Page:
Mali: Two customs officers killed in ‘jihadist’ attack

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A suspected jihadist attack at a market in Mali has left two customs officers dead, security sources told AFP on Wednesday.

“Two customs officers were killed, a terrorist too,” according to one source.

According to another source, the attackers arrived in the small village of Toubakoro, some 200km north of the capital Bamako. That source says the attackers were on motorcycles and were armed.

“There was a great panic in the village,” the source added.

“The jihadists were well informed about the comings and goings of the security forces,” said an elected representative who was near the market at the time.

“The jihadists fired at a customs vehicle,” he added.

Islamic extremists linked to Al-Qaeda took control of the desert north of Mali in early 2012, but were largely driven out by a French-led military operation launched in January 2013.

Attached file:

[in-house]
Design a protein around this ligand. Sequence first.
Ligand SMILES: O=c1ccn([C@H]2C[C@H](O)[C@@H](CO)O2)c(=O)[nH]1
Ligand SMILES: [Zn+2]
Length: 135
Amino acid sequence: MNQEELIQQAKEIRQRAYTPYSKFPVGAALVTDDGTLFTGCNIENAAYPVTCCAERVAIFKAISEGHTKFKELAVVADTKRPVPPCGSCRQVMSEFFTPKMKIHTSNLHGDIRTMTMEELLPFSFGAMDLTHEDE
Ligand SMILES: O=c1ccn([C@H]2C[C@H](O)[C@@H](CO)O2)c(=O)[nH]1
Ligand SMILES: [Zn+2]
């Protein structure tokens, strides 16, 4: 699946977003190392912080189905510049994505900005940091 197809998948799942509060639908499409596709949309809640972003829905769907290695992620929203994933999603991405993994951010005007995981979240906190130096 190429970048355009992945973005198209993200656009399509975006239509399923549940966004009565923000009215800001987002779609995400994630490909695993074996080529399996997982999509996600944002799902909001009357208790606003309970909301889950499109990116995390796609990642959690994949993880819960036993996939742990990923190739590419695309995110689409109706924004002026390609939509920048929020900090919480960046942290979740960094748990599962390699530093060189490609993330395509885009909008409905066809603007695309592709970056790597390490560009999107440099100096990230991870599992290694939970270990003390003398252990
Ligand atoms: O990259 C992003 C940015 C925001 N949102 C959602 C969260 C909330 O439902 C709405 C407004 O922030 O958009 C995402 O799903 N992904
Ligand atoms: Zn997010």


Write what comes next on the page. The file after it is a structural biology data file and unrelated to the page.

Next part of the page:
Large tracts of the West African country have however remained lawless and jihadists have continued to carry out attacks against civilians and security forces.

Newly-appointed Prime Minister Soumeylou Boubeye Maiga said earlier this month that “urgent measures” were required to address Al-Qaeda-linked groups.

Defence sources have told AFP that the military aims to deploy some 1 000 soldiers to take back control of the country’s restive centre.

French forces are still operating in Mali as part of Operation Barkhane, an offensive deployed in five countries – Mali, Mauritania, Niger, Chad and Burkina Faso.

These countries form the so-called G5 Sahel force, a French-supported group that aims to combat jihadists in the region.

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